Here is a video that might help. It has temp/pressure charts:

 

 

http://video.oreillyauto.com/v/23351/how-to-re-charge-ac-system-interdynamics-af1-r134a/

 

 

Temp-pressure-chart-33776F.jpg

Edited by MR_Loyale

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I've found out that the OEM amounts of r12 for our cars varied from 28 to 30 ounces of refrigerant.

 

All my pressure readings were with the a/c on max with the engine running.

My pressure readings are varying, and that's what I'm asking about

When the system is first turned on, I get high pressure readings on the low side. 45-55 PSI.

After about ten minutes that pressure reading is down to 25-30 psi and it's always around those pressures that my compressor turns off.


Forgot all about the sight glass on the drier. Wiped that off and checked it out. Lots of bubbles. My high side lines are also getting pretty hot. I've read conflicting reports that high side lines being hot is a result of there being too much pressure in the system or too little pressure in the system.

I've read also that bubbles in the sight glass definitely means to little pressure, so I'll be buying and adding another can to it soon and will report back.
 

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I've found out that the OEM amounts of r12 for our cars varied from 28 to 30 ounces of refrigerant.

 

All my pressure readings were with the a/c on max with the engine running.

 

My pressure readings are varying, and that's what I'm asking about

 

When the system is first turned on, I get high pressure readings on the low side. 45-55 PSI.

 

After about ten minutes that pressure reading is down to 25-30 psi and it's always around those pressures that my compressor turns off.

 

 

Forgot all about the sight glass on the drier. Wiped that off and checked it out. Lots of bubbles. My high side lines are also getting pretty hot. I've read conflicting reports that high side lines being hot is a result of there being too much pressure in the system or too little pressure in the system.

 

I've read also that bubbles in the sight glass definitely means to little pressure, so I'll be buying and adding another can to it soon and will report back.

 

 

When your system reads 25-30 psi what is the ambient temp? Higher than 65F? If so then you need more refrigerant.

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higher, yes. pushing 90 degrees. I'm going to add more tomorrow and see how that works out. I'm also thinking it's low due to air bubbles in the sight glass and how the system performs better at lower ambient temperature.

 

this thread is awesome and very insightful. thanks for all the help.

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I've read also that bubbles in the sight glass definitely means to little pressure, so I'll be buying and adding another can to it soon and will report back.

 

Bubbles mean too little refridgerant, not too little pressure.  It's important to remember that these are 2 entirely different things.

 

I believe what is happening is you did not evacuate the system first after replacing o-rings, so you are trying to push refrigerant into a system that already has air and moisture in it.  You're compressor is pumping and making pressure, but you aren't getting the condesation/evaporation action to the degree needed because your system has nitrogen,CO2, and watervapor in it.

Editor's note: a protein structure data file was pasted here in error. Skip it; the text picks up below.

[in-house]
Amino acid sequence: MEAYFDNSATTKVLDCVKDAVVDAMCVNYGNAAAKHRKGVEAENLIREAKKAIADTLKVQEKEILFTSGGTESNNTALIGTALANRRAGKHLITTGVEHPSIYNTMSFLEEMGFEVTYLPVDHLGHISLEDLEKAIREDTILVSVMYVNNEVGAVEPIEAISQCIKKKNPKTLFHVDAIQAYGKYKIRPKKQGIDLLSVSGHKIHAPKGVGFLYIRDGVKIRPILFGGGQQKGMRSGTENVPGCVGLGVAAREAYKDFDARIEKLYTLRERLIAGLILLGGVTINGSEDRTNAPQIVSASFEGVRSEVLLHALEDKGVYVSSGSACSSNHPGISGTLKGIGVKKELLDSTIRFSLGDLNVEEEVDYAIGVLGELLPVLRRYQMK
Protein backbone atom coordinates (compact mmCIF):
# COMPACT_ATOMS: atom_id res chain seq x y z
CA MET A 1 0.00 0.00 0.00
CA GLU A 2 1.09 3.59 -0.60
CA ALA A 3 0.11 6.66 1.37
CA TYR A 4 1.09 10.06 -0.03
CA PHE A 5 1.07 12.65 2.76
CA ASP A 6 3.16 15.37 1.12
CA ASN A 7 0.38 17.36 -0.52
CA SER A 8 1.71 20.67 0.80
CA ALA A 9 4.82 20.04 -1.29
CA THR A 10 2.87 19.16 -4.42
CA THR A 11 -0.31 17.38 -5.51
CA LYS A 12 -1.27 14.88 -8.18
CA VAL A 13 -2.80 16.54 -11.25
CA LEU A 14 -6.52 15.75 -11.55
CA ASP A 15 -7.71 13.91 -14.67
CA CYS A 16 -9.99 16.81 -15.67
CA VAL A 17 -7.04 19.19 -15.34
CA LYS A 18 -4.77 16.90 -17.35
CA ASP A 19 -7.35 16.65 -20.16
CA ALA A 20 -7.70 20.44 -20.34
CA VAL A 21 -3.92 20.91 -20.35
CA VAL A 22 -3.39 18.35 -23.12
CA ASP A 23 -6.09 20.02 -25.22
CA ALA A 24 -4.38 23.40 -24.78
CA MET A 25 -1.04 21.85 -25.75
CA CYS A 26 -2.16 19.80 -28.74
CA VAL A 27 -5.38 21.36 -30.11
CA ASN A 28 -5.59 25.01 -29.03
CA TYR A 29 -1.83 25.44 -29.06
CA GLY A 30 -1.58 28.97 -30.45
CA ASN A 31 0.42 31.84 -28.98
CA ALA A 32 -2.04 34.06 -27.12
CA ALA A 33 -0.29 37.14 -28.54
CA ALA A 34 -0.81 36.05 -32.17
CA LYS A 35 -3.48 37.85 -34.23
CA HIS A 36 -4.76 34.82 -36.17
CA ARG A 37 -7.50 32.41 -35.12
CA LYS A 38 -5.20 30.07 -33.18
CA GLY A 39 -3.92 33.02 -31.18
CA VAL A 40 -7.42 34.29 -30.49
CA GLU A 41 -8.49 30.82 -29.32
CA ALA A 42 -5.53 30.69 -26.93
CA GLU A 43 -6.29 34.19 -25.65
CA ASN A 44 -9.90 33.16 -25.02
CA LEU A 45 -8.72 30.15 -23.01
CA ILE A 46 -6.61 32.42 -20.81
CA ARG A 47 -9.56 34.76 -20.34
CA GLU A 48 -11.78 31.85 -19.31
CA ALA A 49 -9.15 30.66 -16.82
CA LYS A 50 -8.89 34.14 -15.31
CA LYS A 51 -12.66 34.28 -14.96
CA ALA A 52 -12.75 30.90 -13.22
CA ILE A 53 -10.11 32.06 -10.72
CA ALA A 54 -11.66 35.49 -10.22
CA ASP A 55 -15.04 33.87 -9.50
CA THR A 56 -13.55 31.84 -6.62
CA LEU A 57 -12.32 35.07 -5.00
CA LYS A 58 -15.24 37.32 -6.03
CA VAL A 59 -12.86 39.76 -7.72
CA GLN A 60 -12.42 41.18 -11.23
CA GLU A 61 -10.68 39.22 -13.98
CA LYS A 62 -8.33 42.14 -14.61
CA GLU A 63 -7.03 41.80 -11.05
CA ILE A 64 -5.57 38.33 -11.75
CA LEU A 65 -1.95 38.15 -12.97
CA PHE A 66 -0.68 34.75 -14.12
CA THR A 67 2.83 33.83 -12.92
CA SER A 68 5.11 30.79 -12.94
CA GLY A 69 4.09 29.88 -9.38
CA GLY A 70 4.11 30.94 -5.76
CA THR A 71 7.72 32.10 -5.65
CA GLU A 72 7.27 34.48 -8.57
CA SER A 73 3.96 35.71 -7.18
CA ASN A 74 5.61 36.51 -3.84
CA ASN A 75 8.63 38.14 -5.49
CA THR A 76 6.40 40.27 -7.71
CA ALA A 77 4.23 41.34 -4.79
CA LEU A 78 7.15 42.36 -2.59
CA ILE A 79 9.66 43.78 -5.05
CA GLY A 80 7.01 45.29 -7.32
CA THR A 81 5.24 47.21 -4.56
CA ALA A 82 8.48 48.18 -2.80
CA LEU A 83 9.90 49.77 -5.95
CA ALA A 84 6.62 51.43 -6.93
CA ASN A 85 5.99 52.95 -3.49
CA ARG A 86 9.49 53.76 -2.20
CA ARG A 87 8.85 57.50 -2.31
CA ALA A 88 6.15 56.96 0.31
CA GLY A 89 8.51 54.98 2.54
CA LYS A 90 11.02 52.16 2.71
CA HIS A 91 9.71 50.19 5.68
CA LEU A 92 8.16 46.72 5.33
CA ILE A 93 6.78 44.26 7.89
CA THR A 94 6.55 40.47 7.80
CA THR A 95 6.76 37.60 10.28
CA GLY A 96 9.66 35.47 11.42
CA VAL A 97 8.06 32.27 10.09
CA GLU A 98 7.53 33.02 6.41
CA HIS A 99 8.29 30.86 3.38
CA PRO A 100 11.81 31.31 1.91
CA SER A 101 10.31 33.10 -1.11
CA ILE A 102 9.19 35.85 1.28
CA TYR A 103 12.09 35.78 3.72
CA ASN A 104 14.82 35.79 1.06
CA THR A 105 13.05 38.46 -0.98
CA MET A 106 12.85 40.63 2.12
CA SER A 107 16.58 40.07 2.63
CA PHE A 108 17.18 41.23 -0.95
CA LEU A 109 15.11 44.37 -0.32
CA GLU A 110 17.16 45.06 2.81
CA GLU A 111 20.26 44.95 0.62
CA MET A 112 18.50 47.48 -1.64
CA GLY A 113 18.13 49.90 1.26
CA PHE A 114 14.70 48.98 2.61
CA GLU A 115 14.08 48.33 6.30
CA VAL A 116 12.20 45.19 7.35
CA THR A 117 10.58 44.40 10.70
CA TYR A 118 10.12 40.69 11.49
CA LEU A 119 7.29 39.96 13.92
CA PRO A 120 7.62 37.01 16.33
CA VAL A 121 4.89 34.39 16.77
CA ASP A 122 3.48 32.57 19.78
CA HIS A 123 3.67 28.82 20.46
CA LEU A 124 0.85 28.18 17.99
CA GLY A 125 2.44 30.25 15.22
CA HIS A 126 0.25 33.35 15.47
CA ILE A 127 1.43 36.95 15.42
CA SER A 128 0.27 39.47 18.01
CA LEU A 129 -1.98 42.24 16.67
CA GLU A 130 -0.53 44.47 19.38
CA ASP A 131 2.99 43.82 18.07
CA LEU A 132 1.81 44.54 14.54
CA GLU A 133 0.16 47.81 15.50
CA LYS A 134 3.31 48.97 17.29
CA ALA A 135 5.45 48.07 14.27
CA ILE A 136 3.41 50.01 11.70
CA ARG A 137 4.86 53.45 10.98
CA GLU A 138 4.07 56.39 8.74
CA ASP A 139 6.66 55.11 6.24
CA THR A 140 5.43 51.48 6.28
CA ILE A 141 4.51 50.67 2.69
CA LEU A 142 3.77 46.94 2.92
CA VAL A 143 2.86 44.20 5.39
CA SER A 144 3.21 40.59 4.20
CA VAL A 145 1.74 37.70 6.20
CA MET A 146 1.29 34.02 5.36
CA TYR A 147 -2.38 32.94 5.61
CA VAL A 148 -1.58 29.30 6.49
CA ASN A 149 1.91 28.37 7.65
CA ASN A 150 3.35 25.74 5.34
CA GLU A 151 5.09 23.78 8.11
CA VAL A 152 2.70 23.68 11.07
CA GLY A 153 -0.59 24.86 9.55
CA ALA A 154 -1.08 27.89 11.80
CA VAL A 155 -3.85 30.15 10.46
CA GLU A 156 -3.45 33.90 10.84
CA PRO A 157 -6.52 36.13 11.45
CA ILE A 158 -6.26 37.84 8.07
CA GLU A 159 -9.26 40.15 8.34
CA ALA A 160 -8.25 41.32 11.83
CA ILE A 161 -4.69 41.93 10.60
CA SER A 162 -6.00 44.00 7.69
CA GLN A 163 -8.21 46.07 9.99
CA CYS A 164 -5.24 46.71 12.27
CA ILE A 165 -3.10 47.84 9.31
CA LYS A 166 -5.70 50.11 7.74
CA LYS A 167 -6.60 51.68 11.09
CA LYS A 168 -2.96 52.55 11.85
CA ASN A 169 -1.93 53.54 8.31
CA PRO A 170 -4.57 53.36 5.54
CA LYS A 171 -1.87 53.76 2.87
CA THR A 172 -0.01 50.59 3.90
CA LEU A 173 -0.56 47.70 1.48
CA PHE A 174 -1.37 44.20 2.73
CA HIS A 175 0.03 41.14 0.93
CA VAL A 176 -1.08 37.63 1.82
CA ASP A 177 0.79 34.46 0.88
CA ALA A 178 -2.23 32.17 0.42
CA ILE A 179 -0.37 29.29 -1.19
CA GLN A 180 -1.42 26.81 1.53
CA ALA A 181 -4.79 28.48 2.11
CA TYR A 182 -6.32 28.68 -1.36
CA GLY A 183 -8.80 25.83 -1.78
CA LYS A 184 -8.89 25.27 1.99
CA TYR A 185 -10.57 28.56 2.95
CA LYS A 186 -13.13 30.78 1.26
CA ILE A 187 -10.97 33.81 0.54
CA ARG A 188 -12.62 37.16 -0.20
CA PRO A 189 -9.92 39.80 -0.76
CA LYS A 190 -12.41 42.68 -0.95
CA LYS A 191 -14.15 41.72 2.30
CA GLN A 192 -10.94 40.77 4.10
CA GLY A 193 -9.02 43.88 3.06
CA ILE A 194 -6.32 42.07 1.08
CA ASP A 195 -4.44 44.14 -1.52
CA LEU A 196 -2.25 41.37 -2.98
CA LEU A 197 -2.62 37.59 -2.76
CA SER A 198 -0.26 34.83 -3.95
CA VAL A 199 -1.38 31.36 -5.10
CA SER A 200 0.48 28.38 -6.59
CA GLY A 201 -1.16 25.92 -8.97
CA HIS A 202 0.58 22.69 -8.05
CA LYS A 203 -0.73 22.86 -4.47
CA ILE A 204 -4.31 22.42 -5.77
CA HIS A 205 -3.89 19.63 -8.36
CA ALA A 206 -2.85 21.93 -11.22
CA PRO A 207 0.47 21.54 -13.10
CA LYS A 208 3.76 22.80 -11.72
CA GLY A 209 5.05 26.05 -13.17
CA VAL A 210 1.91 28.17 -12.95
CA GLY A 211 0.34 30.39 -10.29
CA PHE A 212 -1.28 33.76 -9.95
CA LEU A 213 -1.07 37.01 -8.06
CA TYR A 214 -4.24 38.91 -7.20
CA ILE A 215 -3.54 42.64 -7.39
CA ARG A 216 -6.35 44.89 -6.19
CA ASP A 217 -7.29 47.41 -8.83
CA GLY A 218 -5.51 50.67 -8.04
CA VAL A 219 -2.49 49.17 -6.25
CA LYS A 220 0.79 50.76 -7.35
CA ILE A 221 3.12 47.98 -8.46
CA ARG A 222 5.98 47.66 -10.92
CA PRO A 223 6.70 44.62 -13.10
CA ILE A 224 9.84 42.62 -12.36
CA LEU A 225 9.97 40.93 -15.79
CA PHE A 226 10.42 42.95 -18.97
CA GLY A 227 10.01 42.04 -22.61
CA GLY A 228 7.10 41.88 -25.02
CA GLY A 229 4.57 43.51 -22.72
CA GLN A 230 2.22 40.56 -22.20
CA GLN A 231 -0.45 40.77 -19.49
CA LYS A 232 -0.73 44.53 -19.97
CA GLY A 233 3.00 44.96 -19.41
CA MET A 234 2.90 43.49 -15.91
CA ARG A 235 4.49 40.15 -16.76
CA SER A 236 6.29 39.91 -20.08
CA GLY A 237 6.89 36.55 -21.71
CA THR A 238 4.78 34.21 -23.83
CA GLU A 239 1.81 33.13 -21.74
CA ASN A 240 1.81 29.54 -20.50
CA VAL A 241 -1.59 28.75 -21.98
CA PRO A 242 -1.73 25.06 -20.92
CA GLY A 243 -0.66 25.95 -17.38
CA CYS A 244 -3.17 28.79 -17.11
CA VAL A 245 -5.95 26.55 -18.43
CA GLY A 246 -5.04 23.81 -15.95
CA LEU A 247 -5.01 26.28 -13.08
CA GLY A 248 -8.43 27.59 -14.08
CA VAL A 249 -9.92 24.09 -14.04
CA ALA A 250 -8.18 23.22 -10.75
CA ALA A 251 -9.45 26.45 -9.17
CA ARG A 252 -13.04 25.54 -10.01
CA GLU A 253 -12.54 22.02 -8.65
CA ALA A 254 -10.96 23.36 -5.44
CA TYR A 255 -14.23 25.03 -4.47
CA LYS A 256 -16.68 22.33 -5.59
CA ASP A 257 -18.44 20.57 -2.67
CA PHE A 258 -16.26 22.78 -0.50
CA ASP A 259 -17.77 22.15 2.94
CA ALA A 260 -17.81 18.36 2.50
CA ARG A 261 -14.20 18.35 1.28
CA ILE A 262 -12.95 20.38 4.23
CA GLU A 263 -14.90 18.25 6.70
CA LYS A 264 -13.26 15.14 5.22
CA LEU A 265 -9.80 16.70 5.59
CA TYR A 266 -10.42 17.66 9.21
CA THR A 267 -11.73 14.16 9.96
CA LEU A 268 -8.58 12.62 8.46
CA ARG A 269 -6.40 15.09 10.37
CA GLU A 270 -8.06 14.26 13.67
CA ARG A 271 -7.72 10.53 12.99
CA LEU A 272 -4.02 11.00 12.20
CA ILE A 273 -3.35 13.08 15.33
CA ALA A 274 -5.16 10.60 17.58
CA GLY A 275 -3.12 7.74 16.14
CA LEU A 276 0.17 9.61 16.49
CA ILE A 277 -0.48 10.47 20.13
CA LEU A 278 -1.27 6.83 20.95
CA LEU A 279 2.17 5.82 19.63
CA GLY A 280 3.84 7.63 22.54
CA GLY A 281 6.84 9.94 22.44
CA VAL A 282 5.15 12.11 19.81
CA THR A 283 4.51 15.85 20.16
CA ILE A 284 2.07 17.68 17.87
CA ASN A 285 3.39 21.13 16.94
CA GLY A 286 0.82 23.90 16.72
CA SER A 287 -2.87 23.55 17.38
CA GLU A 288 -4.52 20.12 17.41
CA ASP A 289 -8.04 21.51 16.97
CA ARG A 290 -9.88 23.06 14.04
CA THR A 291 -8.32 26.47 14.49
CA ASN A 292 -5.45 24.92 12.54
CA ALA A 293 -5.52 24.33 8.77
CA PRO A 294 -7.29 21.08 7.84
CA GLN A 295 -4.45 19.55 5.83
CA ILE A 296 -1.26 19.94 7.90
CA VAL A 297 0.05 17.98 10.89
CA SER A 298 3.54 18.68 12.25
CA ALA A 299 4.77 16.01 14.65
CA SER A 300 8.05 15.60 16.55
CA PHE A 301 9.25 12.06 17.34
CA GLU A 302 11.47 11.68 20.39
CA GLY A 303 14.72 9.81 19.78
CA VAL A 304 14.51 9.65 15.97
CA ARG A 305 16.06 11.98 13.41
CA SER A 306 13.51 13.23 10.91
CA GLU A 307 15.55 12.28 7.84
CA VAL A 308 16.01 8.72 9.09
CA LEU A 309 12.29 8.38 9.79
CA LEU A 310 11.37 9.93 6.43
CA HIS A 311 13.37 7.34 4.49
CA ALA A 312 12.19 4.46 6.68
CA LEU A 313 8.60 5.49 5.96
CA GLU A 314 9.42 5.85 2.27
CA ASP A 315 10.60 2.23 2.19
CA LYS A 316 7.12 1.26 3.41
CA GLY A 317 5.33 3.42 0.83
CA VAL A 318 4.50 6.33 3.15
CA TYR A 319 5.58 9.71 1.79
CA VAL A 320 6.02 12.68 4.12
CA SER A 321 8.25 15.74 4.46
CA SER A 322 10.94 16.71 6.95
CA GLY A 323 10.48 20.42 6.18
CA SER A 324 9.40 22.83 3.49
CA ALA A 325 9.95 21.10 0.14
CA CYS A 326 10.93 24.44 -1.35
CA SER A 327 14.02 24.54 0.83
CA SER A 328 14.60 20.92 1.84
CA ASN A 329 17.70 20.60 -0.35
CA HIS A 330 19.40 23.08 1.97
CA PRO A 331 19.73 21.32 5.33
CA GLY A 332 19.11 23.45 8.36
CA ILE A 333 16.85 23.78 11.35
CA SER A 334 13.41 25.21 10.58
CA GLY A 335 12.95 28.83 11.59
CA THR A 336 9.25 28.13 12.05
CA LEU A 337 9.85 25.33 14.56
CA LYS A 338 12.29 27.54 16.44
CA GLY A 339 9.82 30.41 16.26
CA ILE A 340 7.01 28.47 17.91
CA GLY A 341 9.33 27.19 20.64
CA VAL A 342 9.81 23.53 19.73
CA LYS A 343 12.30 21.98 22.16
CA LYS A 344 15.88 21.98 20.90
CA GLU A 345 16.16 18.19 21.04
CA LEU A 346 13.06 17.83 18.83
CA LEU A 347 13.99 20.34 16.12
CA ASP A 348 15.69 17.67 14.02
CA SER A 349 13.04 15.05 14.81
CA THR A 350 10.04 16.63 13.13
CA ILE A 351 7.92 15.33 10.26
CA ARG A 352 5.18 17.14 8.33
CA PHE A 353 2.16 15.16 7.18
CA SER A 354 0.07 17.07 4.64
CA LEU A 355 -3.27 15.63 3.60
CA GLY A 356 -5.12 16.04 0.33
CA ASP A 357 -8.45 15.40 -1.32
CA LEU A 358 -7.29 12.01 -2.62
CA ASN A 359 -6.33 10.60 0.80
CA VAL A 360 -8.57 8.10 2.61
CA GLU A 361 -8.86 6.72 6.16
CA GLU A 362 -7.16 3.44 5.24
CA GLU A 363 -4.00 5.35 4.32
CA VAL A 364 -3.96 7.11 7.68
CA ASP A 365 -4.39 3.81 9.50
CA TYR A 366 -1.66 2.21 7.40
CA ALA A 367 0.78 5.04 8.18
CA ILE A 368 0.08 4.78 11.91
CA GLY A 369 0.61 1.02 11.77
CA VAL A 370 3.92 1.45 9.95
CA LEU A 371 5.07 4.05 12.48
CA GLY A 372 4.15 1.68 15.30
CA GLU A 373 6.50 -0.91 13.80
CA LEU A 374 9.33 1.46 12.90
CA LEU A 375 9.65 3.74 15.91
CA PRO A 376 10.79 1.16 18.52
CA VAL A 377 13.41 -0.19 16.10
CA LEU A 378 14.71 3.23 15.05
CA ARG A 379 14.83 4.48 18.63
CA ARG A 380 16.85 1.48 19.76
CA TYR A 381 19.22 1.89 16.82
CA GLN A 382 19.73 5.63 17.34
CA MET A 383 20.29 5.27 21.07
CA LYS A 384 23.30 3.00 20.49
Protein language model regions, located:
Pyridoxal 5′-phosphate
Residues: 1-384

The refill cans you buy at parts stores should only be used on a closed system that has never been depressurized, or you need to take it to a place that can vac out all the air before trying to fill it.

 

 

 

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Bubbles mean too little refridgerant, not too little pressure.  It's important to remember that these are 2 entirely different things.

 

I believe what is happening is you did not evacuate the system first after replacing o-rings, so you are trying to push refrigerant into a system that already has air and moisture in it.  You're compressor is pumping and making pressure, but you aren't getting the condesation/evaporation action to the degree needed because your system has nitrogen,CO2, and watervapor in it.

 

The refill cans you buy at parts stores should only be used on a closed system that has never been depressurized, or you need to take it to a place that can vac out all the air before trying to fill it.

 

 

 

 

Yes yes. VERY important. If trying to push refrigerant into a system that has air as well, the results will not be good. I think  you nailed it Gloyale.

 

175eya - did you use a vacuum pump to evacuate the system before you put in the refrigerant? If not, you will never get your system working for the reasons Gloyale has stated above. Plus you will ruin your system with the moisture. Get the system evacuated or get a vacuum pump and manifold gauge set and do it yourself. Harbor Freight has both and you can get them for under $160 in total. If you have a buddy who also has ac trouble, maybe you can split the cost. Or take it somewhere and have them do it.  Also they can test to see if it will hold a vaccum. Then refill with refrigerant. 

 

I ran the vacuum for an hour to ensure all the moisture boiled off when I did mine.

Edited by MR_Loyale

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Willing to sacrifice our looooooooooooooooove

Great song.

And about previous comments... :unsure: ......

Didn't really do any of that. :wacko:

lol

I just threw a can of r134a with oil in it at it, then I changed the o-rings, and filled it again.

It works good...when it works.

maybe one day I'll do it right. If the Compressor survives. I went into this with the mentality that it didn't work to begin with anyway, I'll do whatever I can do to try and get it to work and if it does, cool. (No pun intended). If not, oh well.

We'll see though ;)